fbpx
Sunday, March 7, 2021

Review: Drishyam 2 (Amazon Prime)

The Amazon Prime film is a slow burn suspense drama, writes VINAYAK CHAKRAVORTY.

Reading Time: 3 minutes 

The beauty of Drishyam lay in the finality of its end. As Mohanlal’s Georgekutty buried the truth (literally) and got away with the perfect cover-up, there was hardly scope to dig out anything new, you would think – for scriptwriter or cops.

- Advertisement -

The challenge therefore lay in undoing an end that had been done so superbly eight years ago. With Drishyam 2, writer-director Jeethu Joseph pulls out a thread of continuity out of almost nowhere and gives it a spin of imagination to carry the tale forward.

AT A GLANCE

  • Starring: Mohanlal, Meena Ansiba Hassan, Esther Anil, Murali Gopy, Asha Sarath, Siddique
  • Direction: Jeethu Joseph
  • Rating: * * * and 1/2 (three and a half stars)

That in itself would be a feat for Joseph as a storyteller. To his credit, Drishyam 2 also has a finale that tops the drama quotient of the first film’s climax.

The sequel starts off on a note of frenzy, as a man on the run is nabbed by the cops in the dead of the night. The bearing of the incident on the film’s core plot will be established much later. For most of the first half, Joseph relaxes the narrative pace, almost as if he was out crafting a family drama about George Kutty (Mohanlal), his wife (Meena) and daughters (Ansiba Hassan and Esther Anil) – the family that got away from the clutches of law after accidentally killing a top cop’s depraved teenage son in the first film.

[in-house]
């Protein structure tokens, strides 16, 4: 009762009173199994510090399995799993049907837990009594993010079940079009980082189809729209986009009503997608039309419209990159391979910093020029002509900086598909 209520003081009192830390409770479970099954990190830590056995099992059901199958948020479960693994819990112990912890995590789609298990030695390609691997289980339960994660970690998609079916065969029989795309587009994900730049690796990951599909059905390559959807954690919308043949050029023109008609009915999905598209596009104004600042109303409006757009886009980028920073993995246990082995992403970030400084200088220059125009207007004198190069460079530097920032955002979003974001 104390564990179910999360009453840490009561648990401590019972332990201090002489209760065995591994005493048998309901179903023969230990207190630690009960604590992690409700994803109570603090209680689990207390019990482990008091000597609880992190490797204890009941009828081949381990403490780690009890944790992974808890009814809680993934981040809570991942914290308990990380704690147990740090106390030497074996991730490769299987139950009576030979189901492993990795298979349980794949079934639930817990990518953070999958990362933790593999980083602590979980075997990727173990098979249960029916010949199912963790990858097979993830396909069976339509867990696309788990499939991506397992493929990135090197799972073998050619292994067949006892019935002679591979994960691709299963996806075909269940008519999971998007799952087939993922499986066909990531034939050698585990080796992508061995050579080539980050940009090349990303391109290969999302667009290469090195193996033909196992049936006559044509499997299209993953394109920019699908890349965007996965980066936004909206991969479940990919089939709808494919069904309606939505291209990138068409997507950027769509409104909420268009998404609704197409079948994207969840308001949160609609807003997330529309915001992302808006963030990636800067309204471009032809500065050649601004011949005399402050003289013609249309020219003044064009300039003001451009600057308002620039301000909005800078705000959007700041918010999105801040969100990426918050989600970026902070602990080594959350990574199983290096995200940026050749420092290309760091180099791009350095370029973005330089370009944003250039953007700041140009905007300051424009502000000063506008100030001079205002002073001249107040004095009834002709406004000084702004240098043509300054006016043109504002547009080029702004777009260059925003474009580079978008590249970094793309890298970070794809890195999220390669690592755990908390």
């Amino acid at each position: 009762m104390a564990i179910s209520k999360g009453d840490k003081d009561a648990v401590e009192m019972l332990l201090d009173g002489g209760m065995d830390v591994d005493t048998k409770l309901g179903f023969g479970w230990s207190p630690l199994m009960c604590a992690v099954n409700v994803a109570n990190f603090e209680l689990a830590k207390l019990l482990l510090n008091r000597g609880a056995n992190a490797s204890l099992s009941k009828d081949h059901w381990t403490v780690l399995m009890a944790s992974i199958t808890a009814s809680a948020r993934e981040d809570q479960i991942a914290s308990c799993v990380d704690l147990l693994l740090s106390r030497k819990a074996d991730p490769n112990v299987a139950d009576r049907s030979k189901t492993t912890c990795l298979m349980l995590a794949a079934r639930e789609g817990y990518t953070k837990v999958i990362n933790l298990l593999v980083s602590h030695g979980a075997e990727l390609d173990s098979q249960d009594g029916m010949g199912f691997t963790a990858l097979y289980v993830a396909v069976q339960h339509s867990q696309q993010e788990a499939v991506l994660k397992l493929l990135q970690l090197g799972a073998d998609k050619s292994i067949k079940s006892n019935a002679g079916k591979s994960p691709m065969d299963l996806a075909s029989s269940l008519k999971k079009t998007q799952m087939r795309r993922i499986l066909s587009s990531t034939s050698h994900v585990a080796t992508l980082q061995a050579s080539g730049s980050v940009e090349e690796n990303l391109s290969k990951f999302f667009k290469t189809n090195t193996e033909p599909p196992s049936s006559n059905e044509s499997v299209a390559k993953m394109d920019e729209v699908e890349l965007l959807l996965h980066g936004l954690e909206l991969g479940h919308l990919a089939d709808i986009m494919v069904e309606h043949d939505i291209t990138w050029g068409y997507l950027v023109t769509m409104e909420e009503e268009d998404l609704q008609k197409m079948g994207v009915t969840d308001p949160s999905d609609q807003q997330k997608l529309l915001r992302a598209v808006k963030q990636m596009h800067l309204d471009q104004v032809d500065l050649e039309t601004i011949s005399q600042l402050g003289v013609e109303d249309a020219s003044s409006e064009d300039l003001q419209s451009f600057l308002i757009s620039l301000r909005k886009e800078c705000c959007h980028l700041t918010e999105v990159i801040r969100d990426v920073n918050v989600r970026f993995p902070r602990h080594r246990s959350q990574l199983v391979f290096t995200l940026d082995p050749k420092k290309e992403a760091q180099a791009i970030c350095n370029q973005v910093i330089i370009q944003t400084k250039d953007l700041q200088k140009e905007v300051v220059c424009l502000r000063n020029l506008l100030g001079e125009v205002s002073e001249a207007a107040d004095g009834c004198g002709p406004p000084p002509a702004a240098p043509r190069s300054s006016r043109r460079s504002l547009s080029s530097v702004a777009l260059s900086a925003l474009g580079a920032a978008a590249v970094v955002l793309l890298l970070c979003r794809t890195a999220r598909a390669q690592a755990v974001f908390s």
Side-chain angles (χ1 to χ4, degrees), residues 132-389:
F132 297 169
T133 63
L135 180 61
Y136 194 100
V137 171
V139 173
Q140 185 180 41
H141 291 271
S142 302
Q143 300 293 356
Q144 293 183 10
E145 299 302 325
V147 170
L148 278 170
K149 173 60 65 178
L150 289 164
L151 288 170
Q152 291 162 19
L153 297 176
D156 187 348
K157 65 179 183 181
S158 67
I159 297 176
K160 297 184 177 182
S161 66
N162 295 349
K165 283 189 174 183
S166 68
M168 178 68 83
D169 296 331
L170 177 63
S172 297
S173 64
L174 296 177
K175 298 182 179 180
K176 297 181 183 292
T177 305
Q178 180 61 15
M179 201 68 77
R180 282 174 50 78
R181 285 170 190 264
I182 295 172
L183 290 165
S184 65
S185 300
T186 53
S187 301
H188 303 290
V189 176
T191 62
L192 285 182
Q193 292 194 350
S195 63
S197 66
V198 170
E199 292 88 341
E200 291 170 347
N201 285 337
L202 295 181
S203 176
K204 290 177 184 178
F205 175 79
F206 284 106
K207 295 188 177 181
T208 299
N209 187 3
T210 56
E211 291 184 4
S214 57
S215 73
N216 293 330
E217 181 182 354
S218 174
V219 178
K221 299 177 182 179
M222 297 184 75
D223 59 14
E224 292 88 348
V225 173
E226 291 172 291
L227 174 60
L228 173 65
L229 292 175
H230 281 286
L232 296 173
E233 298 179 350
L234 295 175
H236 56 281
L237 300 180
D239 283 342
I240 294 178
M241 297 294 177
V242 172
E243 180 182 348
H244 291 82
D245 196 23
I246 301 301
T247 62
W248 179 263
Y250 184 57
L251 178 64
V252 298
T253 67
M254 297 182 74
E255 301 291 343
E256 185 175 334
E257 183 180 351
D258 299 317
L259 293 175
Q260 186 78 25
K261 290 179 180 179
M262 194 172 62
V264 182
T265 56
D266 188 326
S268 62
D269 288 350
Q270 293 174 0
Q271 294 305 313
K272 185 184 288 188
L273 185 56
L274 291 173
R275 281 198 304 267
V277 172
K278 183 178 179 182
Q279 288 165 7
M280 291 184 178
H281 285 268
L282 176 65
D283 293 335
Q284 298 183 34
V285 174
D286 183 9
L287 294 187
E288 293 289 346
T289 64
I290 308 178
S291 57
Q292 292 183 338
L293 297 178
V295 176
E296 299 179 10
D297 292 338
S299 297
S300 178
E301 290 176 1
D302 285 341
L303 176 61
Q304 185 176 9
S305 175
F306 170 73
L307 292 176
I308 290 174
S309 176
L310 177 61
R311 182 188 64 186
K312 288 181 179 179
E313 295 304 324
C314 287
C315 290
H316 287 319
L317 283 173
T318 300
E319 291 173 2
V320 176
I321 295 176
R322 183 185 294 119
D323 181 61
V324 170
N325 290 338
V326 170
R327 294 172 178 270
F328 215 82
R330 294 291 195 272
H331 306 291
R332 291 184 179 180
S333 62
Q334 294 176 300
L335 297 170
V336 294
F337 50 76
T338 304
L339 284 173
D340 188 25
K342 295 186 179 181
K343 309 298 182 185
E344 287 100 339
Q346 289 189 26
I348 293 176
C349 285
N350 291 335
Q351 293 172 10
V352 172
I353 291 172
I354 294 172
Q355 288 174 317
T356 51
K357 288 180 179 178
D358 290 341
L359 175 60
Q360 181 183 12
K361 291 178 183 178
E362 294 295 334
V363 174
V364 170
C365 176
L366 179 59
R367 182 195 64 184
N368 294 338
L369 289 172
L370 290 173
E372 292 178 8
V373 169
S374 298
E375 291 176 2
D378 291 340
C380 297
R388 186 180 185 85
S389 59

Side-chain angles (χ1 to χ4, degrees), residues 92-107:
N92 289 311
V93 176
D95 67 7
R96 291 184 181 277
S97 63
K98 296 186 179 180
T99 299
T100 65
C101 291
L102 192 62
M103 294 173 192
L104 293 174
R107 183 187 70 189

You realise the easy tone is deceptive soon enough, as an ominous slow burn soaks the storytelling. Although Georgekutty covered his tracks well in the first film, and was cleared of all charges, and although the sleepy village stills very much roots for him, the cops never really stopped suspecting him.

In Drishyam 2, a chance witness emerges, and the case is all set to be reopened.

For the sake of avoiding spoilers, it would be prudent to avoid details about what actually happens. What can be said is that this is a rare film that lives up to the tag of being a sequel to a tremendous entertainer, in many ways topping the original.

drishyam 2 still
Source: IMDb

Joseph’s biggest asset of course is thespian Mohanlal. Eight years on, Georgekutty is a more affluent member of society. The cable operator of the first film is now a cinema hall owner who harbours the ambition of making a film. He ropes in a semi-retired, veteran screenwriter to pen his script. This sub plot is used brilliantly to create the film’s climax.

Mohanlal revisits Georgekutty with relish. He balances with understated ease the protagonist’s rise in stature with the subconscious fear he constantly lives with – that the police might catch up someday. In fact, Georgekutty’s entire home scenario is portrayed in a similar vein.

He is amply propped by the rest of the cast. Rani, Ansiba and Esther are authentic while portraying Georgekutty’s stricken family. Murali Gopy as Thomas Bastin, the new Inspector General, is outstanding. Asha Sarath makes a late entry as IPS officer Geetha Prabhakar, the dead boy’s mother, and literally walks away with the scene in a crucial interrogation sequence.